Gov. Laura Kelly brought together former members of the state's child welfare task force Monday to point out steps taken to improve services to vulnerable children and to reaffirm a commitment to the longer struggle to build a foundation for families.
The 2019 Legislature approved funding to hire 42 new social workers to work with children and their families. In part, the appropriation reflected publicity about the death of children in foster care, as well as persistent problems with losing track of dozens of children placed with foster parents.
"One of the things we heard over and over again was the fact that we were dealing with a depleted workforce," she said. "We've got to have adequate staffing."
In addition, lawmakers appropriated $6.5 million to match an equal amount of federal aid for a family preservation program. The Kansas Department for Children and Families received 60 proposals from 32 different agencies for use of those new grants, she said.
"That's significant. There are a lot of folks out there who are very interested in partnering with us," the Democratic governor said.
Meanwhile, Kelly said a broad coalition of organizations and people was committed to figuring out how best to serve children who entered the legal system and needed a community support network to thrive.
House and Senate legislative leaders blocked many of the task force's two dozen recommendations, but Kelly said that template would be used during her four-year term to implement proposals by legislative action, executive order or by Cabinet agency directive. Neither did the Legislature decide to continue the task force, which met for two years to evaluate the state system of support for children.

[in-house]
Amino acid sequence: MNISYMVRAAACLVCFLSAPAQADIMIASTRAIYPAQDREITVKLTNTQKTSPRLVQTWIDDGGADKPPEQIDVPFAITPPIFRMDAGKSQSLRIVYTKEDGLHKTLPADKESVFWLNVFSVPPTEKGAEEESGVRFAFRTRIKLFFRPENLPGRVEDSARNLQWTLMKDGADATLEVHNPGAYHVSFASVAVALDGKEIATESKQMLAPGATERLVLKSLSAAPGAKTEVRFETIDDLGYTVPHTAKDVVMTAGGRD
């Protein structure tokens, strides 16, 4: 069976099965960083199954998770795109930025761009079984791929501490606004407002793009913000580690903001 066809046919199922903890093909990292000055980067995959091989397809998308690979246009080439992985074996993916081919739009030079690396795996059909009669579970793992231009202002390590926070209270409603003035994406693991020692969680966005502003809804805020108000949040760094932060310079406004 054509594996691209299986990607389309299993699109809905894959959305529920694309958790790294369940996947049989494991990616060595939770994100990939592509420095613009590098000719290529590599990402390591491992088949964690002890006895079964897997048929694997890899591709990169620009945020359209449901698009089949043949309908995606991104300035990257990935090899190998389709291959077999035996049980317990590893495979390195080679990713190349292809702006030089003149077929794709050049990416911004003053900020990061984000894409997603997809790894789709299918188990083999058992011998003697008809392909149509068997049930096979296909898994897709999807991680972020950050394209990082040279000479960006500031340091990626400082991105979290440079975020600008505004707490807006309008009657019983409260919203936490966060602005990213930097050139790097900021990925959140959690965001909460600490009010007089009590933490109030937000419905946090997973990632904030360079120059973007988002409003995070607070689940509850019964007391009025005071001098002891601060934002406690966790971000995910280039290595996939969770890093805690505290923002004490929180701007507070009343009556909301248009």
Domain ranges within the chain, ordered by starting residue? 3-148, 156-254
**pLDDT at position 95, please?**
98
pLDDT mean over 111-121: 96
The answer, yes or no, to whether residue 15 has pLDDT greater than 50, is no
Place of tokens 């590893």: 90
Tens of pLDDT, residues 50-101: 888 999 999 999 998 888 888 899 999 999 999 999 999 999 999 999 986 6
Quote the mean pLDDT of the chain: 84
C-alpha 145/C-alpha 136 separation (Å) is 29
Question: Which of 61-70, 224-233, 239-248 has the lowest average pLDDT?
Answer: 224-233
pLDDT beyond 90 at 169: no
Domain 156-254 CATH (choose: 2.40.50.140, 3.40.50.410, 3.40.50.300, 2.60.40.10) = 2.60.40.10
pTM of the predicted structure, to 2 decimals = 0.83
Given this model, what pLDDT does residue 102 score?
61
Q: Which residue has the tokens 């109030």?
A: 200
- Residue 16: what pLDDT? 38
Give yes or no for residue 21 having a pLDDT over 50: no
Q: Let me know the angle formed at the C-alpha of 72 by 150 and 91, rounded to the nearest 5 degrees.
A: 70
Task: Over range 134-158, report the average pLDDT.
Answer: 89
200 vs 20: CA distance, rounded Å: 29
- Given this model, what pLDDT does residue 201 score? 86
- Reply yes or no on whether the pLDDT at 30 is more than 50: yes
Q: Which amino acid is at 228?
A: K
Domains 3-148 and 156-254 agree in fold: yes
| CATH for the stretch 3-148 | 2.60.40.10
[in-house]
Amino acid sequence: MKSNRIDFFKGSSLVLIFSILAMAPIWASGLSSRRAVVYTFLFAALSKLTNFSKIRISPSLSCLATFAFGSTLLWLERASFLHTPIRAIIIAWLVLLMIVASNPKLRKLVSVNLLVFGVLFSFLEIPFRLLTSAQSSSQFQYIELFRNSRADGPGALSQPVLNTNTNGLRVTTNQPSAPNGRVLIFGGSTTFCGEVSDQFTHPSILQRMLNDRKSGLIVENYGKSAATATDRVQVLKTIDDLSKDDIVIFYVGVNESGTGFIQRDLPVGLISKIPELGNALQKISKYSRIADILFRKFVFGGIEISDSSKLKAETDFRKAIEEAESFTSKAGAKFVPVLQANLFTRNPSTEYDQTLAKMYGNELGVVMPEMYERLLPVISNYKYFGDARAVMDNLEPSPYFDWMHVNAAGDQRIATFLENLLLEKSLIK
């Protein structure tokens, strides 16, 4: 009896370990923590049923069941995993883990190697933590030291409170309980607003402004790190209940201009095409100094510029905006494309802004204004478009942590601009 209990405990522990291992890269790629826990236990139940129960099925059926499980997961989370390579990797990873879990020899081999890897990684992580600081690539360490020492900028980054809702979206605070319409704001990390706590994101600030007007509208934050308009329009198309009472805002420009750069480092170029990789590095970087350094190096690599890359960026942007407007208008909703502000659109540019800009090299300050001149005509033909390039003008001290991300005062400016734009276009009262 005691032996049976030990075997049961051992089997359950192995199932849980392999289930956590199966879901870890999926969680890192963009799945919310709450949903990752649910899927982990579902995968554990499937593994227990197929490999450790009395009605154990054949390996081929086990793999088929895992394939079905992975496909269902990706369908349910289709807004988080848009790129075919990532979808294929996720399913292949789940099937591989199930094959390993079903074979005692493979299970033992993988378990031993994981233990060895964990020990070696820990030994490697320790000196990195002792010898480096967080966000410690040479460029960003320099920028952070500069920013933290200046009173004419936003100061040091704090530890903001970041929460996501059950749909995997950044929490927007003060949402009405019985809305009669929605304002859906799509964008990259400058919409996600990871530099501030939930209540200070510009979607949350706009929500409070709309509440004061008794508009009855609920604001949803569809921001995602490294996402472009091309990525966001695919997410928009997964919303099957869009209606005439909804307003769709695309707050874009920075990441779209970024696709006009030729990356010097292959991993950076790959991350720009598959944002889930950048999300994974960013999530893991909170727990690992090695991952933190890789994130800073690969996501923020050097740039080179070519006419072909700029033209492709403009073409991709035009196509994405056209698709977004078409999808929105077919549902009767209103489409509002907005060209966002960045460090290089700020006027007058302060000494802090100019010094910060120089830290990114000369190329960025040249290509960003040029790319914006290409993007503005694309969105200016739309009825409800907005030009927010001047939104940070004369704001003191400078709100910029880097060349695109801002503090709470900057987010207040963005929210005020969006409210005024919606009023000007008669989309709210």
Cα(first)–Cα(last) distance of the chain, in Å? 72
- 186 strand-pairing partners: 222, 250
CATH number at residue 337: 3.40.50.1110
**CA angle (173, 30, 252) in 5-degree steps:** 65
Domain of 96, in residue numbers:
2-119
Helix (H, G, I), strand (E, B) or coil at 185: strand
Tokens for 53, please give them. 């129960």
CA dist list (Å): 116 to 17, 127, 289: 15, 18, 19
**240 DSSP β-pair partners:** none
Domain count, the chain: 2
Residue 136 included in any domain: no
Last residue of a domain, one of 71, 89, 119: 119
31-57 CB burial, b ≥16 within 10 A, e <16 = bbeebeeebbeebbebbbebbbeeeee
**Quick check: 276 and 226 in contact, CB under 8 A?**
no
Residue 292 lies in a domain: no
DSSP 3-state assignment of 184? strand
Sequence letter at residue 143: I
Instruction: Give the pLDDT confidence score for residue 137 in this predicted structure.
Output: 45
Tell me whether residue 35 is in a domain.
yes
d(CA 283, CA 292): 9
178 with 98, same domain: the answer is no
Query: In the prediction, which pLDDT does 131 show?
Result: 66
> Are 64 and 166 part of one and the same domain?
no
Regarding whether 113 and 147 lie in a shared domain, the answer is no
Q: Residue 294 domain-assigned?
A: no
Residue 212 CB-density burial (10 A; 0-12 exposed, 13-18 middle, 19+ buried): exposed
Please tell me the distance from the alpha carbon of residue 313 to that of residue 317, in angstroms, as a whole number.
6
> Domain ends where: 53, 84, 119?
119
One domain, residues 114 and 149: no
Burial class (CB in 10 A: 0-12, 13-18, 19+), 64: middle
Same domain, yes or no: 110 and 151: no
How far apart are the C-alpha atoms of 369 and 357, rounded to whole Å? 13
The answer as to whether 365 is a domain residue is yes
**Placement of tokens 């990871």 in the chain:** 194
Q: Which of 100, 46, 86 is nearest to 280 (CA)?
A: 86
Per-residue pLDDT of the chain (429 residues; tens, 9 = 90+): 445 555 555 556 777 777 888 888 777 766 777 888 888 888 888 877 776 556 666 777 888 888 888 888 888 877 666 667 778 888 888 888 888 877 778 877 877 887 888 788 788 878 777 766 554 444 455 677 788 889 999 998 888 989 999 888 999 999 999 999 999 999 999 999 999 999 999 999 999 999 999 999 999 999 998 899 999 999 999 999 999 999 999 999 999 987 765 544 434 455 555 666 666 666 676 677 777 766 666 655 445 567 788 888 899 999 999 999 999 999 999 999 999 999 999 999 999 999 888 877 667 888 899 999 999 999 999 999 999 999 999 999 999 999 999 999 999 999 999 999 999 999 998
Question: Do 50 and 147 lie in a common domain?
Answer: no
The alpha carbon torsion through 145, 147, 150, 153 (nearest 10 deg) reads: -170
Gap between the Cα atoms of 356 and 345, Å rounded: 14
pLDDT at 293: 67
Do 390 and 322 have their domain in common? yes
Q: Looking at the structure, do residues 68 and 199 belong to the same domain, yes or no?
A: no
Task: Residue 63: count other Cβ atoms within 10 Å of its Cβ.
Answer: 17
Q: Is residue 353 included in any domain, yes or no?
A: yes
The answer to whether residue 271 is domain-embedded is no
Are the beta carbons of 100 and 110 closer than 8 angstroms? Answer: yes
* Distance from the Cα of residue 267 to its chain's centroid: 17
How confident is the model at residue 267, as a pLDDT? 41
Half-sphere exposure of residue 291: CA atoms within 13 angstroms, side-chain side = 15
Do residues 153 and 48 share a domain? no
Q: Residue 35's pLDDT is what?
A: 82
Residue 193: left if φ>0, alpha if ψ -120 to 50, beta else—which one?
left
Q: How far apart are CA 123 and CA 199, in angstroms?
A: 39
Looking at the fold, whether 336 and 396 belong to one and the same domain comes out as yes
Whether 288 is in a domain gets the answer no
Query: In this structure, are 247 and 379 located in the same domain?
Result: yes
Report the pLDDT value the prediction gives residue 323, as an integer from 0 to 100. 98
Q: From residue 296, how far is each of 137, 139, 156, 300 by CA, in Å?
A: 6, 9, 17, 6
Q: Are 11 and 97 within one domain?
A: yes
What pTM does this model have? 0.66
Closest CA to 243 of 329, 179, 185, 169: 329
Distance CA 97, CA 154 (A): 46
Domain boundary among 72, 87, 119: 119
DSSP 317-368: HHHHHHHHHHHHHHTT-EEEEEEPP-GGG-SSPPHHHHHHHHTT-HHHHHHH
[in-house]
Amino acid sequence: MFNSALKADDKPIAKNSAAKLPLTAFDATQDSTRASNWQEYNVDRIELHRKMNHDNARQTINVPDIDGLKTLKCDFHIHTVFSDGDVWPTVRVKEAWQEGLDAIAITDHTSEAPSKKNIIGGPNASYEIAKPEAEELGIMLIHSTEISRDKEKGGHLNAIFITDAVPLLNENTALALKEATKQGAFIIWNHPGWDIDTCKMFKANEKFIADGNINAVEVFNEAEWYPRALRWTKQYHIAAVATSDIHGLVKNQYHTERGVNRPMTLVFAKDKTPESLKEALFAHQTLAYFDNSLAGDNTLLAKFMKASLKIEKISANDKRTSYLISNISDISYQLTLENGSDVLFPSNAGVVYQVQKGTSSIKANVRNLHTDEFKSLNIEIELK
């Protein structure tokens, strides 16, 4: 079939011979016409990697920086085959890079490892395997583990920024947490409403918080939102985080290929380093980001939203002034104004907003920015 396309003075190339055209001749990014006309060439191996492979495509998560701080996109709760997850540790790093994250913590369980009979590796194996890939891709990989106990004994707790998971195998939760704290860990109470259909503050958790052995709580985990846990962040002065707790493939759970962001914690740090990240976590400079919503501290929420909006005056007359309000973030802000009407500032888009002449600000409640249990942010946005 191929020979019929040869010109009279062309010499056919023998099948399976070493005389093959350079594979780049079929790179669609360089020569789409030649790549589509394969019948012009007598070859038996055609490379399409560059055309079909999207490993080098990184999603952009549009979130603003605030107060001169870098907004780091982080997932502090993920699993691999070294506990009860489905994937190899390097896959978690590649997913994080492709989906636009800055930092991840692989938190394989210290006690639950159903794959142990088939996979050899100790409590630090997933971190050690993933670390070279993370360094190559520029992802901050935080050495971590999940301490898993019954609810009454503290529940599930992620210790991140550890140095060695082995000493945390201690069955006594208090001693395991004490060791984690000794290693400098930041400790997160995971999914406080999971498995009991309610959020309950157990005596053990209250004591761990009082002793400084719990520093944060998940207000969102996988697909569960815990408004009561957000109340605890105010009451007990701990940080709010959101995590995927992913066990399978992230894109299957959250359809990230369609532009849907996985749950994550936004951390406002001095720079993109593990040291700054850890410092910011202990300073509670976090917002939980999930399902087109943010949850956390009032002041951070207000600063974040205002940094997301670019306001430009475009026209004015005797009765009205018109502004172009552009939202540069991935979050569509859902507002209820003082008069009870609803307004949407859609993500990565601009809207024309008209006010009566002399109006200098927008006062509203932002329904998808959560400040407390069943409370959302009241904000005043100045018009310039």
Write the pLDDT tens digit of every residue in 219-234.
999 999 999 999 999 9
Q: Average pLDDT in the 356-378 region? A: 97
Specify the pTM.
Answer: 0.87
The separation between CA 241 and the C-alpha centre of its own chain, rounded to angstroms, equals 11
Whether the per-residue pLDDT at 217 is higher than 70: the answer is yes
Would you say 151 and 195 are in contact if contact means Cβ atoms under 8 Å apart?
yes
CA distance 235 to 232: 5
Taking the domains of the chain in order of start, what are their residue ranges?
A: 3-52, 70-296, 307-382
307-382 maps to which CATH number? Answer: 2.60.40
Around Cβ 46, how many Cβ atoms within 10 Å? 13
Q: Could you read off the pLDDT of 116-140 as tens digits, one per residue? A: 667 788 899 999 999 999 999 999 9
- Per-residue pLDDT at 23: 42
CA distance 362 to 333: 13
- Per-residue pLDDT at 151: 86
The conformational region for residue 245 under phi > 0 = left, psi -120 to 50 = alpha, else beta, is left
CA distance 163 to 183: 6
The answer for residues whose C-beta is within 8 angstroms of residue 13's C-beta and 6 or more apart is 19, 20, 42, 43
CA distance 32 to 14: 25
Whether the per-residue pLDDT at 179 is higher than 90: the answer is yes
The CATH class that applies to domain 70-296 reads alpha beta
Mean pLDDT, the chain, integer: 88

"It was really critical to bring this group back together, both to share progress but to get further input," said Laura Howard, secretary at DCF and the Kansas Department for Aging and Disability Services. "This really was going to be a marathon. The system has so many challenges and we can't fix everything overnight."
Task force members discussed workforce issues, prevention activities, access to care and the system's ability to share information on children in need.
Sen. Barbara Bollier, D-Mission Hills, stepped in to chair the meeting because three other legislators who were on the task force didn't attend.
Bollier said pressure to sustain reform of child welfare programs in Kansas was necessary because task force reports too easily could be ignored by politicians.
"These are some of our most vulnerable children," she said. "We need to know how things are improving."